myImage.SetValue(Canvas.LeftProperty, imageX);
myImage.SetValue(Canvas.TopProperty, imageY);
}

This method is passed two parameters. The first is copy of the timer. You can use this object to disable or change the traits of the timer.

This code in the MoveShapes covers several lines, but its structure is very simple. I’ve declared values to track the current X and Y location of the upper left hand corner of the Image and Rectangle controls. Note that I initialize the rectX field to 275.0. It is this value that moves the Rectangle control over to he right of the Canvas at program start up, so that it is no longer hidden behind Image control. Needless to say, in the next article in this series I will create separate objects for each sprite. At this stage however, I’m focusing on showing you the basic animation techniques in the least possible amount of code.

MoveShapes方法的代码有好几行，但是它的结构却非常简单。我声明了一些值来跟踪图片控件和矩形控件左上角顶点的当前XY坐标值。注意，我将rectX字段的值初始化为275.0。这个值也正是在程序启动时矩形控件被移动到Canvas右边的初始位置，以便它不再被隐藏在图片控件之后。无需多说，在这个系列的下一篇文章，我将为每个精灵创建单独的对象。然而在现阶段，我将集中精力用尽可能少的代码向您展示基本的动画技术。

The last lines show how to call the SetValue method of the Rectangle and Image control in order to move the control across the surface of the Canvas. Silverlight provides us with a nice bonus feature here by automatically handling this transformation. In particular, it erases the original image of the control and then repaints it in the new location. In most computer languages, I would have had to manually write the code to erase the old image.

Note that the MoveShapes method begins by incrementing or decrementing the fields that specify the location of the controls. This allows us to define how we move the controls across the surface of the Canvas. It is, however, the call to SetValue that actually transforms the location of the controls. The end result is a smooth animation of the controls across the surface of their container.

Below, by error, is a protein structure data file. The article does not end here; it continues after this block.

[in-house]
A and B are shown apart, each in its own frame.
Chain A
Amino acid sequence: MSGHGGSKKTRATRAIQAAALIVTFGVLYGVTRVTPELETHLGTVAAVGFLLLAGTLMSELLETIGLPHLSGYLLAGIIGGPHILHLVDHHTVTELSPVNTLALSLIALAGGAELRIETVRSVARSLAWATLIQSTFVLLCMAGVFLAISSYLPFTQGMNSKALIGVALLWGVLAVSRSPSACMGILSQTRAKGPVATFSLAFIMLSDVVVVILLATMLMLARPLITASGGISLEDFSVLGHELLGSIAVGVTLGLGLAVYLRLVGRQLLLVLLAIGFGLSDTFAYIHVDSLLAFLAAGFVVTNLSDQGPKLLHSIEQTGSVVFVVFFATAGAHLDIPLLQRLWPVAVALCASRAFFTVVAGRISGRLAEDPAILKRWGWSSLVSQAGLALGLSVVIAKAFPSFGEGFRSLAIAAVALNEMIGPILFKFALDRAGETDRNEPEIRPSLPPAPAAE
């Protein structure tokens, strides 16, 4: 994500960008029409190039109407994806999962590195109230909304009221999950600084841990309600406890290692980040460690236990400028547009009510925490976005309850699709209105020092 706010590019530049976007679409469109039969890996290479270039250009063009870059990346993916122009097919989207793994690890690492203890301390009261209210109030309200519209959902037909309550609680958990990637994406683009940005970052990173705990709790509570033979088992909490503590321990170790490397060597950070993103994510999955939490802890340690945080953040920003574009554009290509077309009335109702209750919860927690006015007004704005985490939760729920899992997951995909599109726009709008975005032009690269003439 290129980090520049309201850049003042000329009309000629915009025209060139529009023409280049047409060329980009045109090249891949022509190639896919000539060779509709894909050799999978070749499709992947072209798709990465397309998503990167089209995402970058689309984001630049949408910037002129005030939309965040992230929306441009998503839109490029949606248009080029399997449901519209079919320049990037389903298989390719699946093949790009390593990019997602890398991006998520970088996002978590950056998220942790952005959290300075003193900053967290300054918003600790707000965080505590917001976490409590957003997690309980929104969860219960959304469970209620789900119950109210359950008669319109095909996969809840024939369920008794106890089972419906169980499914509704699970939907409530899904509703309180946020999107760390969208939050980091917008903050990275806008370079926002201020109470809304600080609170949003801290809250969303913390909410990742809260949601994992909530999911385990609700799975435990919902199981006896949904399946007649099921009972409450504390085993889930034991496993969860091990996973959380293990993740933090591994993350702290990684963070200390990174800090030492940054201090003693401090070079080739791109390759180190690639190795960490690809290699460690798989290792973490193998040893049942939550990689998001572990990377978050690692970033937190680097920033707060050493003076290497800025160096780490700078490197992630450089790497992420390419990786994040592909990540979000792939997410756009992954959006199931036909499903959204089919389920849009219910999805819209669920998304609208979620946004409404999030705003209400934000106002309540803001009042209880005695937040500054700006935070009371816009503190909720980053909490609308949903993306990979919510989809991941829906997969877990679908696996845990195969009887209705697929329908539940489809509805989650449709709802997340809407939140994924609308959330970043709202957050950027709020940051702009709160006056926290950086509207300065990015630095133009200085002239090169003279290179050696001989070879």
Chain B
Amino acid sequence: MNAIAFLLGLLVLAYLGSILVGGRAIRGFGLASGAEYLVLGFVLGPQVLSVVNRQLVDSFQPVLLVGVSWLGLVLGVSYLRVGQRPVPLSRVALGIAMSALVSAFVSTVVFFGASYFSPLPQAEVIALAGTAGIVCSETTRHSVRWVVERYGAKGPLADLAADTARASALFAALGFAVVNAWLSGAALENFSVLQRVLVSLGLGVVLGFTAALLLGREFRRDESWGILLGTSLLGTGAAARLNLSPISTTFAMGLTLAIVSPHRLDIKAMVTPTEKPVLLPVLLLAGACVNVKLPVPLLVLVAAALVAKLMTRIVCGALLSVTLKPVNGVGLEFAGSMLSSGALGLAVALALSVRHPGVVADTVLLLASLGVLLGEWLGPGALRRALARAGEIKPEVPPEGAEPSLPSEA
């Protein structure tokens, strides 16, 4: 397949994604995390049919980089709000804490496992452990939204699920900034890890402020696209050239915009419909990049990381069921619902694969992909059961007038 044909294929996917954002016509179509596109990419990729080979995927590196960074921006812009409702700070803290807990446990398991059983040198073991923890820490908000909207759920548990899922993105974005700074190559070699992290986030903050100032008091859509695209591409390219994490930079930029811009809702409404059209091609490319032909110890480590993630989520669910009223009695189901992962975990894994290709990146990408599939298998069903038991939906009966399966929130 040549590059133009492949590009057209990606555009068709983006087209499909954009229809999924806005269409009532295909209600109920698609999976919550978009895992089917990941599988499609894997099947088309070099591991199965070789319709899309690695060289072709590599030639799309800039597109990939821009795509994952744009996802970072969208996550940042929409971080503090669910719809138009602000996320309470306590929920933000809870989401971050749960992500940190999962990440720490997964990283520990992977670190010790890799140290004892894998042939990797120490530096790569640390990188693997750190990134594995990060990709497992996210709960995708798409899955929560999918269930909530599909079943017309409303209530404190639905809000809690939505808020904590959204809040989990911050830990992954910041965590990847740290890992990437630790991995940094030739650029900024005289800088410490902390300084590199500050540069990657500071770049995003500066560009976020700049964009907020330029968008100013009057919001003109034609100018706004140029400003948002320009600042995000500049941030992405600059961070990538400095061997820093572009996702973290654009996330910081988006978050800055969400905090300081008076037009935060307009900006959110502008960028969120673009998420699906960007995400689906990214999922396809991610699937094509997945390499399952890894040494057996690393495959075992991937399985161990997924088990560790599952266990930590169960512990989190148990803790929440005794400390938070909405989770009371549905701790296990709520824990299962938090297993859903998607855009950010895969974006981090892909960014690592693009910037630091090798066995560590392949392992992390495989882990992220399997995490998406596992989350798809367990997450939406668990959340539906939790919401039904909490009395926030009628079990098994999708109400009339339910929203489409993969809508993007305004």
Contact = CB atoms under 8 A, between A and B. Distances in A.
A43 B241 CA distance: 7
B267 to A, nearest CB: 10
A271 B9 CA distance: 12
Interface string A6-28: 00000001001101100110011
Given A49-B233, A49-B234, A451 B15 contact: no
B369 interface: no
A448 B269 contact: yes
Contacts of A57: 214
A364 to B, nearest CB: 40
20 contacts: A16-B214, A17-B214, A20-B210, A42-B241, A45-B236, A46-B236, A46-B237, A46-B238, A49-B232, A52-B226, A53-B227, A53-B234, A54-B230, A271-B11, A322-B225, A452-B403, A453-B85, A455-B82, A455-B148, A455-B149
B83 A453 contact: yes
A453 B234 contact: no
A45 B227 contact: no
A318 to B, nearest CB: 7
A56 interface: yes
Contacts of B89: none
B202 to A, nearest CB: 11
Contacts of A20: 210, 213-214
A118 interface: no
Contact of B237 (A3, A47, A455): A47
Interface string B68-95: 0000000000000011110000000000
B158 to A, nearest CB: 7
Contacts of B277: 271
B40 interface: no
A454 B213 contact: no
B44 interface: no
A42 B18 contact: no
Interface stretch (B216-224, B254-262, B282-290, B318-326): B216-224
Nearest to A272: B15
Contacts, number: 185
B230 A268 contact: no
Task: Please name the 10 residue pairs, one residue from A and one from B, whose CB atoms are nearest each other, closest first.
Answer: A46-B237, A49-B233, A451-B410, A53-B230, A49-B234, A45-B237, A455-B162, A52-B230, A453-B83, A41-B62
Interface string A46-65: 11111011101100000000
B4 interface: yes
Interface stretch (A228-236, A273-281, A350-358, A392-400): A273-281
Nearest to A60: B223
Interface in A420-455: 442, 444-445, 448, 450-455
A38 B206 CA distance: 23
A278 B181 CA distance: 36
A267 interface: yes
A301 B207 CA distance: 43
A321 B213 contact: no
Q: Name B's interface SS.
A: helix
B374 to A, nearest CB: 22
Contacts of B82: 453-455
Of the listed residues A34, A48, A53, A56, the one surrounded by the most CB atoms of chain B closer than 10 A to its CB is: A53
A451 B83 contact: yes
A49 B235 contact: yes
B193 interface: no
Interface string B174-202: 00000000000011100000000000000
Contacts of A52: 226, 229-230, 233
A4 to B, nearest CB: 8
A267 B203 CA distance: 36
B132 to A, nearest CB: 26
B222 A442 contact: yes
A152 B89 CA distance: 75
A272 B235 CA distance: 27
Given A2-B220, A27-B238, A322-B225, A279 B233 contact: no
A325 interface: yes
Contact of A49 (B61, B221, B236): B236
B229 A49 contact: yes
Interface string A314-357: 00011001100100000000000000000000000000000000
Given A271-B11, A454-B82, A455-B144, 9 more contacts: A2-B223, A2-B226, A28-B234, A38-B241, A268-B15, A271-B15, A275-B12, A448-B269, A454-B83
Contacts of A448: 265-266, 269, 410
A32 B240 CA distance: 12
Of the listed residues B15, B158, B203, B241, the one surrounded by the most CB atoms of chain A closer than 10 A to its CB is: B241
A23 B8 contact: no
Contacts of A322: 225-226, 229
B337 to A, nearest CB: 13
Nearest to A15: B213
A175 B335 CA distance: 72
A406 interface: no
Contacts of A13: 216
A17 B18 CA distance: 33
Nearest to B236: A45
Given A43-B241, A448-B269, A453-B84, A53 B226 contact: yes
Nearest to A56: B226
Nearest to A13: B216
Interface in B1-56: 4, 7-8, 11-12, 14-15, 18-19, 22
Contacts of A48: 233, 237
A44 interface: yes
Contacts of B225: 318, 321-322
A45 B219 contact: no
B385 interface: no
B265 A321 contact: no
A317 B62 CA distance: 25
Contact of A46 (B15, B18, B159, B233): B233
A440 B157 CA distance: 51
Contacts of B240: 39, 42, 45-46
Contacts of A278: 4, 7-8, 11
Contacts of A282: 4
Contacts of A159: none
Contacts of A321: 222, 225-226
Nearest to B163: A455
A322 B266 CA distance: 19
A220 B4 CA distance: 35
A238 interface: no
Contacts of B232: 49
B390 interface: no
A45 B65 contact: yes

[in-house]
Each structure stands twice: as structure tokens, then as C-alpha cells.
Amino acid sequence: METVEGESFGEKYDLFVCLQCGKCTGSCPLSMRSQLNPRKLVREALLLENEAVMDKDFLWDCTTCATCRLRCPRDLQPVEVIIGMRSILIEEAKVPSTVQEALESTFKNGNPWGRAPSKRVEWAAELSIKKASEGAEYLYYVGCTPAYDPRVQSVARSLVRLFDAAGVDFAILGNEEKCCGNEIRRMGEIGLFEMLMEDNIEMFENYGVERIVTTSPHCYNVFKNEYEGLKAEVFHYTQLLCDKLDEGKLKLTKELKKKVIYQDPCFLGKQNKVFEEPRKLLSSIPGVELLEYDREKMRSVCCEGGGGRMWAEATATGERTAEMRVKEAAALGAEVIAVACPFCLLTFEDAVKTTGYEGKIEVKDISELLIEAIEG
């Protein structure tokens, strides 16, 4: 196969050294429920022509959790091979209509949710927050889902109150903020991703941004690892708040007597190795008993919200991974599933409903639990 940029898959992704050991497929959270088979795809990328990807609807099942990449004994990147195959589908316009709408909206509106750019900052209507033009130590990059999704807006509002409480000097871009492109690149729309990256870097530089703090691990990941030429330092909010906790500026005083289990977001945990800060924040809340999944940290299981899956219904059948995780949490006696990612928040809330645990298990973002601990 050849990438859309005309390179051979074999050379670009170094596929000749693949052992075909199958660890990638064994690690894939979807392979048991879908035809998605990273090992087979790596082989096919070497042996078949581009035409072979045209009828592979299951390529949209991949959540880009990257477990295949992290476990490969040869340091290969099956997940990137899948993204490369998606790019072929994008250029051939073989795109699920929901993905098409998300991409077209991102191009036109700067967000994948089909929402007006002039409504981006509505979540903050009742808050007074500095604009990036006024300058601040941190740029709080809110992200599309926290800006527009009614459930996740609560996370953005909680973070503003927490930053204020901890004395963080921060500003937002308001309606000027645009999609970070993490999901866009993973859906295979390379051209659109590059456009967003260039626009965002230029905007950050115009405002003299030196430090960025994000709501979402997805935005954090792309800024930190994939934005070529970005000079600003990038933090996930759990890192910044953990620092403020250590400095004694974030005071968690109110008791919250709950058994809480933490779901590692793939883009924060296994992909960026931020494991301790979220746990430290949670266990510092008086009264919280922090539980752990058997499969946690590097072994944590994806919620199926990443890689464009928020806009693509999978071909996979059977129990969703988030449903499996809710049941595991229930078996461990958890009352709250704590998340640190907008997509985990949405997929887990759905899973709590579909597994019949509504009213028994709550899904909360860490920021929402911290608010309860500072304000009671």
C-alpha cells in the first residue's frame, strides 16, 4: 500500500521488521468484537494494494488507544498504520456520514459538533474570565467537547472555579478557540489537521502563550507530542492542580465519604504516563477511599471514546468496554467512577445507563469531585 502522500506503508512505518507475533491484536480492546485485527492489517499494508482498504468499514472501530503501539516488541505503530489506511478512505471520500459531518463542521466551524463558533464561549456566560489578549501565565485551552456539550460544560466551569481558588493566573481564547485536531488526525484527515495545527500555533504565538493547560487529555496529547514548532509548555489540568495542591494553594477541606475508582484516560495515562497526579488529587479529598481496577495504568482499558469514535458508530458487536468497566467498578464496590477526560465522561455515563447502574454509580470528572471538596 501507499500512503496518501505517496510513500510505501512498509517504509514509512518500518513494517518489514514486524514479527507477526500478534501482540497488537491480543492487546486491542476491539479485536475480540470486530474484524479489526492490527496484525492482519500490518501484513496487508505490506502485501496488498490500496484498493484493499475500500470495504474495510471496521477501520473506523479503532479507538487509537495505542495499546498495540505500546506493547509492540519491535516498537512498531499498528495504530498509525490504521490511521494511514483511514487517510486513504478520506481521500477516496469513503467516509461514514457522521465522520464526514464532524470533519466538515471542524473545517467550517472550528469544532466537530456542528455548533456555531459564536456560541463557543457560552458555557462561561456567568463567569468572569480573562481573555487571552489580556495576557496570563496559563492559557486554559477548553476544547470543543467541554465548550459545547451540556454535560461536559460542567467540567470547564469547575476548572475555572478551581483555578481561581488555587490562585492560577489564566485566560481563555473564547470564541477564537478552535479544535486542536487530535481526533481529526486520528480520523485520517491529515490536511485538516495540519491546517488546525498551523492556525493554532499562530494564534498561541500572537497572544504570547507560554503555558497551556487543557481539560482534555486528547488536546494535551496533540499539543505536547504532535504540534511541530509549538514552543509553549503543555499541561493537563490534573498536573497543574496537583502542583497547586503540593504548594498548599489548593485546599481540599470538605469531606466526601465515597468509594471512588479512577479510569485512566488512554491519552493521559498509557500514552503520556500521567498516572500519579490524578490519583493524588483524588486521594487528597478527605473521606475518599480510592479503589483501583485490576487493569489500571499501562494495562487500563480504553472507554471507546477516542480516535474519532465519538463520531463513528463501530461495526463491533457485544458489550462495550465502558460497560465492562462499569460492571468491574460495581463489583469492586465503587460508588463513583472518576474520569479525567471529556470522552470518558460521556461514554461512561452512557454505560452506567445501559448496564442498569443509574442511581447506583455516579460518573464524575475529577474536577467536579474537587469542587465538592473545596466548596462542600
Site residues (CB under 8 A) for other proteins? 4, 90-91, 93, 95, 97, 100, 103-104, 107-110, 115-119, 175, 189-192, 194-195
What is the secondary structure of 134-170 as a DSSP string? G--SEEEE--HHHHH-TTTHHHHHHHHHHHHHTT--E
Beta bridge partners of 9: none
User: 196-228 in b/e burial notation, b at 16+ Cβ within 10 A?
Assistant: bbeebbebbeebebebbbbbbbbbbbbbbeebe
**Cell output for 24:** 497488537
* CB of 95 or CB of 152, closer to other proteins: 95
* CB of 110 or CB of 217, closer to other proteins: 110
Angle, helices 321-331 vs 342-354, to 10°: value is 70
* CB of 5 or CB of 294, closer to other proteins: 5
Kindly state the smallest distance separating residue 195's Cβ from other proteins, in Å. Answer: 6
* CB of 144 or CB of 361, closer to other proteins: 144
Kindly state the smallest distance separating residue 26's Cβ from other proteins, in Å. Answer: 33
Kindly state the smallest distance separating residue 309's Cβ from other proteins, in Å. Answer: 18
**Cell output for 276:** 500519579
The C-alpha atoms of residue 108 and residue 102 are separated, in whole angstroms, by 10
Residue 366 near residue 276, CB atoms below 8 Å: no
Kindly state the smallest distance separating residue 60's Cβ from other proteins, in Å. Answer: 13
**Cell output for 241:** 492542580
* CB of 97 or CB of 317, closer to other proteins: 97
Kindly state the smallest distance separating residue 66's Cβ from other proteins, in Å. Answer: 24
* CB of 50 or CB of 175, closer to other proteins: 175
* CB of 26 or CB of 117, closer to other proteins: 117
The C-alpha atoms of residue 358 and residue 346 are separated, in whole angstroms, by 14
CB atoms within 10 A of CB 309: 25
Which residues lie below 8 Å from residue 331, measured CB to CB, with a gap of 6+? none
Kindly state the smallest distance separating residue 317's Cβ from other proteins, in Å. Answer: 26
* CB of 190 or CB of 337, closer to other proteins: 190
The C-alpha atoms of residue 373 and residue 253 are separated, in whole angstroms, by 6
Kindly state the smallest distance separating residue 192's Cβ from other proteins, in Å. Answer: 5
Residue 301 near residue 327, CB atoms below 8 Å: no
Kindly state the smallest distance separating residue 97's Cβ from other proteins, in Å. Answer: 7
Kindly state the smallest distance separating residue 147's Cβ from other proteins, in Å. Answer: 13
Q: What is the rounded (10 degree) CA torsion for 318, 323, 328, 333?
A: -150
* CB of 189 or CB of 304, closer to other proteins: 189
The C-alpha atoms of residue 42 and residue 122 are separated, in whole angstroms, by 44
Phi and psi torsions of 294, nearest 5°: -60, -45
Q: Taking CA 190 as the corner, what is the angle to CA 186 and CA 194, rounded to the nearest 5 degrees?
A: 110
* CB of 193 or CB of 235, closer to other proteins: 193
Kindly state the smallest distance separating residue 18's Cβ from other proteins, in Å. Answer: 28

The best way to see this animation in action is to download the code and try it yourself. Remember that you need to first install the Silverlight integration for Visual Studio 2008, as described in the Get Started section of the Silverlight web site.

Summary

The technique for animating controls that I’ve described in this article is very easy to use. Silverlight provides all the tools we need to set up simple animation without requiring any real effort on our part. As a result we can focus our energy on simply describing the path that we want our controls to follow. In particular, you need only:

l  Set up a timer that calls a method you define at discreet intervals.

l  Define the method called by the timer, and ensure that it contains logic for moving your controls.

l  设置一个计时器，以谨慎设定的时间间隔调用您预先定义的一个方法。

l  实现被计时器调用的那个方法，确保它包含移动你的控件的逻辑。

As mentioned above, I’ll follow this post with at least one additional article that describes additional techniques for animating sprites. Those techniques require us to write a bit more code than that shown here, but at heart they are also very simple and easy to understand.

Download the SilverlightAnimatedTimer01.zip file containing the sample code from the LINQ Farm.

posted on 2009-06-05 15:55  零度的火  阅读(510)  评论(0编辑  收藏  举报